Puerto Madero

This newly developed waterfront district embodies Buenos Aires’ growing confidence and world-class urban qualities.

Located along the old port, Puerto Madero is popular among foreigners and young professionals on the rise, who enjoy the convenience of being within walking distance of the financial district, and the breathtaking views of the Rio de la Plata.

The international flair of Puerto Madero is evident both in its luxury residential modern high-rises (such as the swanky Puerto Madero Towers, Renoir Towers, El Faro Towers, Chateau Tower of Puerto Madero, and Mulieris Towers), and in the clever conversion of old port warehouses into trendy lofts and restaurants.

Puerto Madero investment property is among the most expensive and exclusive in town, although prices are still cheaper than what one might pay for if buying properties in similar locations in Europe and the US.


Montserrat is one of Buenos Aires’ oldest neighbourhoods, and hosts some of the city’s most important buildings: the city hall, the city legislature, the Buenos Aires Cabildo, the Casa Rosada, the Buenos Aires Metropolitan Cathedral, Colegio Nacional de Buenos Aires, the Libertador Building (housing the Ministry of Defense), and the National Bank are all located in this district.

One of Argentina’s most famous streets, the Avenida de Mayo, is also in the area. In Montserrat is the Jesuit Temple of Saint Ignatius, once renowned as the finest school and library in Argentina.

While close enough to the centre of action, Montserrat maintains an old-town serenity, which makes it an ideal location for a home in Buenos Aires.


Retiro’s residents live amongst grand, old palaces and hotels surrounding the San Martin area and the famously posh shopping district of Santa Fe. Among the dwellers of Retiro are many expatriate executives and high-society denizens.

Significant streets include the elegant shopping street Calle Florida, the major thoroughfare Avenida Libertador, Avenida Leandro N. Alem (east of which is the business district of Catalinas Nortes), and the Avenida 9 de Julio, where the French Embassy, which was spared from being razed to the ground during the avenue’s construction, stands alone in the middle of city traffic.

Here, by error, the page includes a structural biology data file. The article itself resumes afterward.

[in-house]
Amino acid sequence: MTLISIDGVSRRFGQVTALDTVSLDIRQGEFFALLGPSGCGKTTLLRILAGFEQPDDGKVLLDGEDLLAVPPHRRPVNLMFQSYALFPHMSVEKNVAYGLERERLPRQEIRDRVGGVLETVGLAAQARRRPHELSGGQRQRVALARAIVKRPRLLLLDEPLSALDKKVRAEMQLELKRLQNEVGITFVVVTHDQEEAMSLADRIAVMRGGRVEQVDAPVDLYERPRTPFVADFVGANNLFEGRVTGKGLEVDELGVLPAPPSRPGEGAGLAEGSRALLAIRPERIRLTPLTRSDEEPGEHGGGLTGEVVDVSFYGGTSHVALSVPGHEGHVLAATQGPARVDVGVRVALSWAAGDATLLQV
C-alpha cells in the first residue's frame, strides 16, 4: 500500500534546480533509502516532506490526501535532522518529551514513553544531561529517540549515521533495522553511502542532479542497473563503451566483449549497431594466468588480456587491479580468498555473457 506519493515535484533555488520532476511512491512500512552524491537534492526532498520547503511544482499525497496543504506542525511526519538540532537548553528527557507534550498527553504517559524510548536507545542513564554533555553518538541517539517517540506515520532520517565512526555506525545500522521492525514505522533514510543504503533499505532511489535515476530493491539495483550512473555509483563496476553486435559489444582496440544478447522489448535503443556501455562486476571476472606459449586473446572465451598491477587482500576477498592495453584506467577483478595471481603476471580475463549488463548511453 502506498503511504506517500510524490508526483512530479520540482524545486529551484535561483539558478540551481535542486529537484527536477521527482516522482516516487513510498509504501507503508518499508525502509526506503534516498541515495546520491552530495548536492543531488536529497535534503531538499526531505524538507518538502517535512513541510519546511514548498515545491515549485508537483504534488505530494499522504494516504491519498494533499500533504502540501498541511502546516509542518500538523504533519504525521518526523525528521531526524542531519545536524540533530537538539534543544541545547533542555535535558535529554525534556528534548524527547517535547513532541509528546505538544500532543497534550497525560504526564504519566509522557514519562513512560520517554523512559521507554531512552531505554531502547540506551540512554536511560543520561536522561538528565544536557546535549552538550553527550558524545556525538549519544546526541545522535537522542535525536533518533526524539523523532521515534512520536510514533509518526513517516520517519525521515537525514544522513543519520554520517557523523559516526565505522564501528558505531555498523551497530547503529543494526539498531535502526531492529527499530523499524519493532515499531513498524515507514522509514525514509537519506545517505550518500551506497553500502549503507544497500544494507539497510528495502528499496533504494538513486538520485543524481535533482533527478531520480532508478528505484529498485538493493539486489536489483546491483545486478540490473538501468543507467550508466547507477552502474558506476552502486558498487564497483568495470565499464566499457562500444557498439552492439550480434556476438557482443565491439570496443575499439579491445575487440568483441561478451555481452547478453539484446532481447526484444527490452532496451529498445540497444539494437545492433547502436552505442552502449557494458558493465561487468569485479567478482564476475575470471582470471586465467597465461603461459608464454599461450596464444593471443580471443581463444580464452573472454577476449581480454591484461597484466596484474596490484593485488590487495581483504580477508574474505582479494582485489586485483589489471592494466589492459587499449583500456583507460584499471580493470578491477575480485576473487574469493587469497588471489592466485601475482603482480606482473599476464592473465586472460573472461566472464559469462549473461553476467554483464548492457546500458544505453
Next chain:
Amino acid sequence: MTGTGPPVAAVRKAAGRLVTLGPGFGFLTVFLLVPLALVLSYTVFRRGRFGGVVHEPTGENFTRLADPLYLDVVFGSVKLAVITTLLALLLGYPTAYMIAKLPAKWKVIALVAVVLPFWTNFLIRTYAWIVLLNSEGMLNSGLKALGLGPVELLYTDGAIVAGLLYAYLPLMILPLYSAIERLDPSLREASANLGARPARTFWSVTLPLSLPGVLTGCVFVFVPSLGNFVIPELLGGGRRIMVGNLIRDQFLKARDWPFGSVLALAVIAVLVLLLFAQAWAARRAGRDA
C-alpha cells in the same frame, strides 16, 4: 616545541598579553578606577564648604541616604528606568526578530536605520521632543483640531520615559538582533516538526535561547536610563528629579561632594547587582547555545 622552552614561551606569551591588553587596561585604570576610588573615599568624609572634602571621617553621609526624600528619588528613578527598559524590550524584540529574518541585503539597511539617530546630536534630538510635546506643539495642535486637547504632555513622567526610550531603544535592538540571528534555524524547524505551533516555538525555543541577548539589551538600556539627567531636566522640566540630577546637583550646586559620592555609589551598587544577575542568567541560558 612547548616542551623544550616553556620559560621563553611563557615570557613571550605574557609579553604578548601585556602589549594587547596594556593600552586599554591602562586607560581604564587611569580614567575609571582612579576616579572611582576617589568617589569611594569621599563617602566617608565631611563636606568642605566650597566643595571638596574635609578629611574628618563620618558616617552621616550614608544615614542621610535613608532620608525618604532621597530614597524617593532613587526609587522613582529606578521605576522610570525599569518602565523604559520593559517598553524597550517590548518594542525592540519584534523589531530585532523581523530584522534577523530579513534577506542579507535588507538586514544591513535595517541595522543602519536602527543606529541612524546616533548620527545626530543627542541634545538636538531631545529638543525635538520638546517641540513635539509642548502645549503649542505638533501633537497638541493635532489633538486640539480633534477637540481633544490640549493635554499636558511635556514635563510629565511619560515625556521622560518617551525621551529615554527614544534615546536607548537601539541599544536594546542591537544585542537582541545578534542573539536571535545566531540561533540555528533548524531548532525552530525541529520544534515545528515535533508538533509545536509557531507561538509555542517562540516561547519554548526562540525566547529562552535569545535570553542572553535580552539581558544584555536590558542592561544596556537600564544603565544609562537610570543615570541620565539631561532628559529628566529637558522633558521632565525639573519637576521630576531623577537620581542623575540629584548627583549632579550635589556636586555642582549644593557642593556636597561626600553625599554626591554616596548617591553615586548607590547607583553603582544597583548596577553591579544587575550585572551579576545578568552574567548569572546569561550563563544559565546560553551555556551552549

The neighbourhood of Retiro hosts the biggest train station in Buenos Aires. It and the city’s main bus station serve as access points to different provinces and to neighbouring countries.

San Nicolas

More commonly known as El Centro, San Nicolas is Buenos Aires’ downtown, the centre of the city‘s commercial activity. It is perhaps the busiest part of the whole city. Thousands of people come to work daily at the hundreds of offices, business establishments and government offices in the area.

San Telmo

Time has stood still in San Telmo. Travellers come in droves to this fairly well-preserved neighbourhood, with its cobblestone streets lined with charming cafés, numerous antique shops, artists, and dancers who move to the seductive tunes emanating from the city’s famous tango parlors.

Buenos Aires’ oldest neighbourhood, San Telmo captures the spirit of the city’s multi-cultural heritage through its delightful melange of buildings in the Spanish colonial tradition, enriched by Italian detailing and French classicism. San Telmo’s historical landmarks include the old churches of San Pedro Telmo and Santo Domingo, Museo de la Ciudad, and the commercial gallery converted from the 1880 mansion, Pasaje de la Defensa. These buildings beautifully complement the district’s bohemian atmosphere.

San Telmo’s main public square, the Plaza Dorrego, comes alive during weekends at the Feria de Antiquedades (antique fair) and in the cozy cafés that surround it. The picturesque street of Balarce is also a good place to soak in the local flavour with its concentration of bars, restaurants, and renowned tango houses.


The densely populated, rather run-down neighbourhood of Constitucion is a mix of modern apartments, cheap hotels and old residences. It has a railway station that is the centre of activity in the daytime. At night, the whole area is desolate and quiet, with some pockets of late-night activity in its few bars and shops